In F. Scott Fitzgerald's "The Great Gatsby," Gatsby's funeral is a poignant event that sheds light on the nature of his relationships and the emptiness of his lavish lifestyle. The attendees at Gatsby's funeral include Nick Carraway, who becomes the sole witness to Gatsby's tragic end; Gatsby's father, Henry C. Gatz, who arrives from Minnesota to attend the funeral; Owl Eyes, the bespectacled man who had attended Gatsby's parties and later visits the library; and a few of Gatsby's servants.
The significance of the attendees lies in the absence of those who frequented Gatsby's extravagant parties. Gatsby's former associates and partygoers, who reveled in his opulent gatherings, are conspicuously absent from the funeral. This absence highlights the shallowness of their relationships with Gatsby, who was merely a means of entertainment for them. His death exposes the superficiality of the connections he had forged during his pursuit of the American Dream.
Nick's presence at the funeral is particularly meaningful. As the narrator and one of Gatsby's few true friends, Nick symbolizes the deeper connection that Gatsby lacked with most others. Nick's involvement in arranging the funeral and his attendance underscore the genuine bond he had formed with Gatsby and the personal impact of Gatsby's tragic downfall on him.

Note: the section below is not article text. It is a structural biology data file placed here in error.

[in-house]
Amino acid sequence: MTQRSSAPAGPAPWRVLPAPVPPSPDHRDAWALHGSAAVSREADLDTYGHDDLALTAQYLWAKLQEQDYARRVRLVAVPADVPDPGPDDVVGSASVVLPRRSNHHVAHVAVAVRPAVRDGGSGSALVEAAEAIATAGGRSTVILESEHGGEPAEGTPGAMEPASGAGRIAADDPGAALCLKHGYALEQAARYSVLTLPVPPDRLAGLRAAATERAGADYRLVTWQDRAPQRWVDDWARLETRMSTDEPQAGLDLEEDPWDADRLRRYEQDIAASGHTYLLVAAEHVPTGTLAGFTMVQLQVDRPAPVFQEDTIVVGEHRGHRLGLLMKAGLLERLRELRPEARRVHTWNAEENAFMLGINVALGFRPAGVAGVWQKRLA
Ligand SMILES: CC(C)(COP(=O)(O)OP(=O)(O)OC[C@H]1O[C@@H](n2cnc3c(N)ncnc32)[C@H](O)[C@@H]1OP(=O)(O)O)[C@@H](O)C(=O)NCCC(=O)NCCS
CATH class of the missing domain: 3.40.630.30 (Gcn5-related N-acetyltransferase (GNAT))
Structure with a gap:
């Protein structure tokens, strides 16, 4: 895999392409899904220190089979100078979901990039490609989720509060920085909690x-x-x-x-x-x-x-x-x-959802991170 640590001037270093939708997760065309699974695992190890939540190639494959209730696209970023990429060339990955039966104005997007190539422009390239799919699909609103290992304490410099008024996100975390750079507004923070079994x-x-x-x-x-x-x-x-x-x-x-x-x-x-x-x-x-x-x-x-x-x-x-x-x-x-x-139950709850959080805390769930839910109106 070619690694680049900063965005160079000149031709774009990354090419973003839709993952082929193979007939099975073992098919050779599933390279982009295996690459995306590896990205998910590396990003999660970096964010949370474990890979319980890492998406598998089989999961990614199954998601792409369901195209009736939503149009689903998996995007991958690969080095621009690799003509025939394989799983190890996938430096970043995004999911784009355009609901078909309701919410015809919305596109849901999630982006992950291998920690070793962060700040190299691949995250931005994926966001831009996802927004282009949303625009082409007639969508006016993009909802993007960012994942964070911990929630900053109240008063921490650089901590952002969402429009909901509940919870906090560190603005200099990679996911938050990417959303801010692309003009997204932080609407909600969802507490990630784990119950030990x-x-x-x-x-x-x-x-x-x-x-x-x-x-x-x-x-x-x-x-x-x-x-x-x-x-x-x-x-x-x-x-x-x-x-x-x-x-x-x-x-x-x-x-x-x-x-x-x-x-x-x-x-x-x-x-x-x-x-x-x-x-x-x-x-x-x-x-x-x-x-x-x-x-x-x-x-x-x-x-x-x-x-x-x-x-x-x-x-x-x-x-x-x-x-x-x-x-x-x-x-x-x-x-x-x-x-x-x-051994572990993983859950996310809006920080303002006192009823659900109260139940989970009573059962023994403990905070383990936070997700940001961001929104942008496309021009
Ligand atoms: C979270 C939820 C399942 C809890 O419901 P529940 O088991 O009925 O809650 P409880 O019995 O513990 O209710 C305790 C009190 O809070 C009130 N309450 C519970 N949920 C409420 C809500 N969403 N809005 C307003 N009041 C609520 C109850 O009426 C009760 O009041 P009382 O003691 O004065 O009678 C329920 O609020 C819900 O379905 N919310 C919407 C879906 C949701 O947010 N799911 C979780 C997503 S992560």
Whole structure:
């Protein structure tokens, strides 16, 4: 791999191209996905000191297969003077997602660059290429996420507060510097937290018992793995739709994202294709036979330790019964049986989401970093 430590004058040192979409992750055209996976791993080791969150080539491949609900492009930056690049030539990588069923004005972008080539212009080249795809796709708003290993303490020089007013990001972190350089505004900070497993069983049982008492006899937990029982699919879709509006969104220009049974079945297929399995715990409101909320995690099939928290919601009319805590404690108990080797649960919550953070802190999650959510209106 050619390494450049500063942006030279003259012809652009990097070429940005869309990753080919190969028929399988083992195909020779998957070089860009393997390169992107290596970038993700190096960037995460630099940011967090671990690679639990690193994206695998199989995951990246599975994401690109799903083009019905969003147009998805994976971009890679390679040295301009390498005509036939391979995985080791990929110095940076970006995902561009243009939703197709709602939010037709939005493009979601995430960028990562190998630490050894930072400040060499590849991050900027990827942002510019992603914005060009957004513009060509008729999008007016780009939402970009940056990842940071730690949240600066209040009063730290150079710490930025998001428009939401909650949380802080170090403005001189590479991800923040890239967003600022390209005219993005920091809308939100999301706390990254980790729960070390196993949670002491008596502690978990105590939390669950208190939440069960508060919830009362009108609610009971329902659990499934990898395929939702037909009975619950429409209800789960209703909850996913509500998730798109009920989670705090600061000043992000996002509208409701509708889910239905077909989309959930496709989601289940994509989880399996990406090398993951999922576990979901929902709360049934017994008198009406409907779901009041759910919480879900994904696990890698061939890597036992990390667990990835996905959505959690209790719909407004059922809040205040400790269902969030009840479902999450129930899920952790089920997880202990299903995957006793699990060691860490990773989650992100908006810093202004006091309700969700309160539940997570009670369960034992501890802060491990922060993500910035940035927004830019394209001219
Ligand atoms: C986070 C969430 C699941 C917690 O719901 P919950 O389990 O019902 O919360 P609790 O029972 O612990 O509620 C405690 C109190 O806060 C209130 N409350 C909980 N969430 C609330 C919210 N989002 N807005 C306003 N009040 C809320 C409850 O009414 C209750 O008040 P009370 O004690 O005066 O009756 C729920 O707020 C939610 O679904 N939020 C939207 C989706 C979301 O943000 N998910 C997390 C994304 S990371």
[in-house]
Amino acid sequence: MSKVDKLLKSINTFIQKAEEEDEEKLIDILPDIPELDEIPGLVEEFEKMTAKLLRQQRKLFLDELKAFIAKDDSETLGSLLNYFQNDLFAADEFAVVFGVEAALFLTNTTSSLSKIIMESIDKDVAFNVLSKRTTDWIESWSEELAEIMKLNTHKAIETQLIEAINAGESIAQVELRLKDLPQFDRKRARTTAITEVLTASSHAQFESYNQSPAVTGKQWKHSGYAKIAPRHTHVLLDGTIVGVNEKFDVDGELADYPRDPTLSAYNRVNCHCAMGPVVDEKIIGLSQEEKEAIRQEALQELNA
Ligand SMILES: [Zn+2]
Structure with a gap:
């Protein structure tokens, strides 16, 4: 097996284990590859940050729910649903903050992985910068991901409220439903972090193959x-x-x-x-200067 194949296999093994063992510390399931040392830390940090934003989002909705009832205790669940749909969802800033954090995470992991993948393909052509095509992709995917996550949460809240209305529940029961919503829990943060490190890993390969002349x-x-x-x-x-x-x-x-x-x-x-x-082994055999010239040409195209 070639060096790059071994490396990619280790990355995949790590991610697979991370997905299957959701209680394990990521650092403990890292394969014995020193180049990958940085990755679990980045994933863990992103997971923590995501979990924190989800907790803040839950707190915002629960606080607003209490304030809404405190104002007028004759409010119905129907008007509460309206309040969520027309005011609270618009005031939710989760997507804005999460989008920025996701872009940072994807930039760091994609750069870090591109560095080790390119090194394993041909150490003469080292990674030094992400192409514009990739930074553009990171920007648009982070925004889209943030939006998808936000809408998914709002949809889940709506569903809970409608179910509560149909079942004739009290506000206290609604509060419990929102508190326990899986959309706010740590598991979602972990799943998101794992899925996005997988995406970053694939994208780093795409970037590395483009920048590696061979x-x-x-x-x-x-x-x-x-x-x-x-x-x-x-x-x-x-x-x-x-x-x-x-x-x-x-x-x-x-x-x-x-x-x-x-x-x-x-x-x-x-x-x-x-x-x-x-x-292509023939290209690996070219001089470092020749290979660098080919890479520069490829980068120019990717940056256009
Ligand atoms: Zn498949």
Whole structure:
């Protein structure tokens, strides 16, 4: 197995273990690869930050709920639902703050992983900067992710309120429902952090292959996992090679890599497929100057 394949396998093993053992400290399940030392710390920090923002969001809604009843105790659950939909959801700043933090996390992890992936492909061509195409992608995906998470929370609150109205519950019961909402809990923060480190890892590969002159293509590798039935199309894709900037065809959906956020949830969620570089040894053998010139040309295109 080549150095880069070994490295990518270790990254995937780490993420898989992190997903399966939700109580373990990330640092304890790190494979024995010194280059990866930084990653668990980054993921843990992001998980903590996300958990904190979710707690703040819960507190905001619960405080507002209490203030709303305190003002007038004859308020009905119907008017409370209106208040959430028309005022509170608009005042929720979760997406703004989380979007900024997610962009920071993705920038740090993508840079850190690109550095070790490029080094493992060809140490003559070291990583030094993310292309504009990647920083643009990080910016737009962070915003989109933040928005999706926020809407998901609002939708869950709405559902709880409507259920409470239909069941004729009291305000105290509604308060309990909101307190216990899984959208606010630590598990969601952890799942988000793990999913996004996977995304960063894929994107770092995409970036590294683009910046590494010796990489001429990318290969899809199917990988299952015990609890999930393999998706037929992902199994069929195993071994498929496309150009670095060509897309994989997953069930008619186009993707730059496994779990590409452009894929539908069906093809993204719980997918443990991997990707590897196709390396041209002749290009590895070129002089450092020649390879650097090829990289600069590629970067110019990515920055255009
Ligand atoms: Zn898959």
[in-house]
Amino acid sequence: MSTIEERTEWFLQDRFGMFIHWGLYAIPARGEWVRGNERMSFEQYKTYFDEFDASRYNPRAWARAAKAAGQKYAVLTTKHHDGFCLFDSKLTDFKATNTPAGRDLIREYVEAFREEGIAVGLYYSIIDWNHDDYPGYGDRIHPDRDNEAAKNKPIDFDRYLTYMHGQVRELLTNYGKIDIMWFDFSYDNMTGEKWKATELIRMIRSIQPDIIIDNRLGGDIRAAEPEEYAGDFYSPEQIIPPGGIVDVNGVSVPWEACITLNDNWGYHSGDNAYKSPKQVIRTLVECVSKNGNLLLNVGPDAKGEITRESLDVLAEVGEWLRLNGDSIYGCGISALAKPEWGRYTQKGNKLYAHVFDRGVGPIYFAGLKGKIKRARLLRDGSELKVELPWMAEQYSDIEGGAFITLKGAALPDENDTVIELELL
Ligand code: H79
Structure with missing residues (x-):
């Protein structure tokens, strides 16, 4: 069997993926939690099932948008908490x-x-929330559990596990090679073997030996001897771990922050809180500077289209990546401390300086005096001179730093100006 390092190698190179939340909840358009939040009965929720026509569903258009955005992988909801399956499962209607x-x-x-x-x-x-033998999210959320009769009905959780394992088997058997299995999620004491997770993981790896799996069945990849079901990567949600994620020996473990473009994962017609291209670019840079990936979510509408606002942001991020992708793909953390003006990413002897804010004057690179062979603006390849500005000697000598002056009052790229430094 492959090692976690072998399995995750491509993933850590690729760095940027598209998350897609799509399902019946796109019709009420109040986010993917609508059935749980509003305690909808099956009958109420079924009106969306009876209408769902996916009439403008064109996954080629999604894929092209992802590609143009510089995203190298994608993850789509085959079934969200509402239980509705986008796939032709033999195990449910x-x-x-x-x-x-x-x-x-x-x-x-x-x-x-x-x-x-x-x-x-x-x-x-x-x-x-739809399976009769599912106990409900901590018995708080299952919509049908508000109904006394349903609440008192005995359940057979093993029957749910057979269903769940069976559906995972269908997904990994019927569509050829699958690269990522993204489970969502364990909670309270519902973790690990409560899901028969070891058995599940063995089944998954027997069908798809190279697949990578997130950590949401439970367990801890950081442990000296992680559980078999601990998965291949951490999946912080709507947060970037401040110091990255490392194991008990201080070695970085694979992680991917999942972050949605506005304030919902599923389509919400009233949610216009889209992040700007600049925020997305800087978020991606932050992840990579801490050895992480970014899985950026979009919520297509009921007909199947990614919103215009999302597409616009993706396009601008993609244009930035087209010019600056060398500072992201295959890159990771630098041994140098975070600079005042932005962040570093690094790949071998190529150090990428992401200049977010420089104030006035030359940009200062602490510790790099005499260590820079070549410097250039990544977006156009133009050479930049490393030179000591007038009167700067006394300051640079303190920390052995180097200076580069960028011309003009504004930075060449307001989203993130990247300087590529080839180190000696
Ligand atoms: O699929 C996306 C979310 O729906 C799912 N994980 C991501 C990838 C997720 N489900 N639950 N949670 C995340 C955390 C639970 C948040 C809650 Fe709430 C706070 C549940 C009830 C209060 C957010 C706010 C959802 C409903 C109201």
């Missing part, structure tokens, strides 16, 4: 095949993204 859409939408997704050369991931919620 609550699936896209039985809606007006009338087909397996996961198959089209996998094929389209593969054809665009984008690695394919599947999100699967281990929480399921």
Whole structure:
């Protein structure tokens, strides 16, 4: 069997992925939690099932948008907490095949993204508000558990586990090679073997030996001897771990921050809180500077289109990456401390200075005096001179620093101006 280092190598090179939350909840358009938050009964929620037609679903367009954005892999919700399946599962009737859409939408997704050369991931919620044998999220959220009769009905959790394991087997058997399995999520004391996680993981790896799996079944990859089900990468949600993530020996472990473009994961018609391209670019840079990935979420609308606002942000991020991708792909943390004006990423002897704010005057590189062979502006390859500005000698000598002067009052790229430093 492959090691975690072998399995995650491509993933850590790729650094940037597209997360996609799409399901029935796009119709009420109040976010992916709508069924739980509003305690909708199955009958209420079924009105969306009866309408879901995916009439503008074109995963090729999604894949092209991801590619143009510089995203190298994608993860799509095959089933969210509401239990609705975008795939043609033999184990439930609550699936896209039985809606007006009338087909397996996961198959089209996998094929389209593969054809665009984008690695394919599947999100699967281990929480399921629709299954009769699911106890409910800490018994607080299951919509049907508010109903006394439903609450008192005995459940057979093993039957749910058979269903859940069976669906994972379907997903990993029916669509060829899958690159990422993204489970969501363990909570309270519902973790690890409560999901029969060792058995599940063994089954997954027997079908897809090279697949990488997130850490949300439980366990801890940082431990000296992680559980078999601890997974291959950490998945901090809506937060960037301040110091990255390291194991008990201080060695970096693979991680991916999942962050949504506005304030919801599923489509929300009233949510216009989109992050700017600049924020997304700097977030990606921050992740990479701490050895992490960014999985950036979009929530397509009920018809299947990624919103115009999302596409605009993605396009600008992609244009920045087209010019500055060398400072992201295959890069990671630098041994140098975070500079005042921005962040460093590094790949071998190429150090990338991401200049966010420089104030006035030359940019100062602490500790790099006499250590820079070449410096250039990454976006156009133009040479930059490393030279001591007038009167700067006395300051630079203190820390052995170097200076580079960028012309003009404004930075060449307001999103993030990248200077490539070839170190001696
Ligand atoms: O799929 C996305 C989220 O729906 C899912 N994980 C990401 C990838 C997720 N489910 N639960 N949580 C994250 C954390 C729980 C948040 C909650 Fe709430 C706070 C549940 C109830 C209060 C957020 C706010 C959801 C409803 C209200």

Furthermore, Gatsby's father's attendance represents the familial love that persisted beyond Gatsby's pursuit of wealth and status. Henry C. Gatz's pride in his son's achievements, albeit misguided, showcases a familial connection that contrasts with the superficial associations of Gatsby's acquaintances.
In essence, the attendees at Gatsby's funeral serve as a reflection of the true and lasting relationships in his life, emphasizing the emptiness of the extravagant parties and the ephemeral nature of the connections formed within them. Gatsby's death unveils the hollowness of the American Dream and the pursuit of wealth and status at the expense of genuine human connections, thus adding a layer of social commentary to the novel's exploration of the Jazz Age.
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